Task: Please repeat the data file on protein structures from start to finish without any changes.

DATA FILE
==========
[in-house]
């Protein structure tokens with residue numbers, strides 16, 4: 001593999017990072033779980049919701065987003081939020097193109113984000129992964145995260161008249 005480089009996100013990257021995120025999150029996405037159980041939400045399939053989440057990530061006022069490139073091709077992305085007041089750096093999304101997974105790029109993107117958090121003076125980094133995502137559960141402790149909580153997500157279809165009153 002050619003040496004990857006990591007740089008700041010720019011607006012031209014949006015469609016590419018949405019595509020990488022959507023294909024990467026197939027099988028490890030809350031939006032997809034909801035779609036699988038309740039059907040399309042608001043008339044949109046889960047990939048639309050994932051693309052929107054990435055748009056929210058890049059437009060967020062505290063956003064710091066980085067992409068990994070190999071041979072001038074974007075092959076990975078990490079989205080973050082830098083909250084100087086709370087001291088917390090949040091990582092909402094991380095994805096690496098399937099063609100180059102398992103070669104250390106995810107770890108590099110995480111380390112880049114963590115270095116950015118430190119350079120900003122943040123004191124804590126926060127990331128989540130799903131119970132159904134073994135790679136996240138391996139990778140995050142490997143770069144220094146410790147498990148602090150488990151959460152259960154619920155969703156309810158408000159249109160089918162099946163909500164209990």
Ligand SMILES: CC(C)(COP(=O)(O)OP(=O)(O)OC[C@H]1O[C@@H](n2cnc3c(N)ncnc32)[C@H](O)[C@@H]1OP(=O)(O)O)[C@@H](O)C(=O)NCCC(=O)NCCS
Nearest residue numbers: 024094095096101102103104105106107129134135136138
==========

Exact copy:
[in-house]
């Protein structure tokens with residue numbers, strides 16, 4: 001593999017990072033779980049919701065987003081939020097193109113984000129992964145995260161008249 005480089009996100013990257021995120025999150029996405037159980041939400045399939053989440057990530061006022069490139073091709077992305085007041089750096093999304101997974105790029109993107117958090121003076125980094133995502137559960141402790149909580153997500157279809165009153 002050619003040496004990857006990591007740089008700041010720019011607006012031209014949006015469609016590419018949405019595509020990488022959507023294909024990467026197939027099988028490890030809350031939006032997809034909801035779609036699988038309740039059907040399309042608001043008339044949109046889960047990939048639309050994932051693309052929107054990435055748009056929210058890049059437009060967020062505290063956003064710091066980085067992409068990994070190999071041979072001038074974007075092959076990975078990490079989205080973050082830098083909250084100087086709370087001291088917390090949040091990582092909402094991380095994805096690496098399937099063609100180059102398992103070669104250390106995810107770890108590099110995480111380390112880049114963590115270095116950015118430190119350079120900003122943040123004191124804590126926060127990331128989540130799903131119970132159904134073994135790679136996240138391996139990778140995050142490997143770069144220094146410790147498990148602090150488990151959460152259960154619920155969703156309810158408000159249109160089918162099946163909500164209990």
Ligand SMILES: CC(C)(COP(=O)(O)OP(=O)(O)OC[C@H]1O[C@@H](n2cnc3c(N)ncnc32)[C@H](O)[C@@H]1OP(=O)(O)O)[C@@H](O)C(=O)NCCC(=O)NCCS
Nearest residue numbers: 024094095096101102103104105106107129134135136138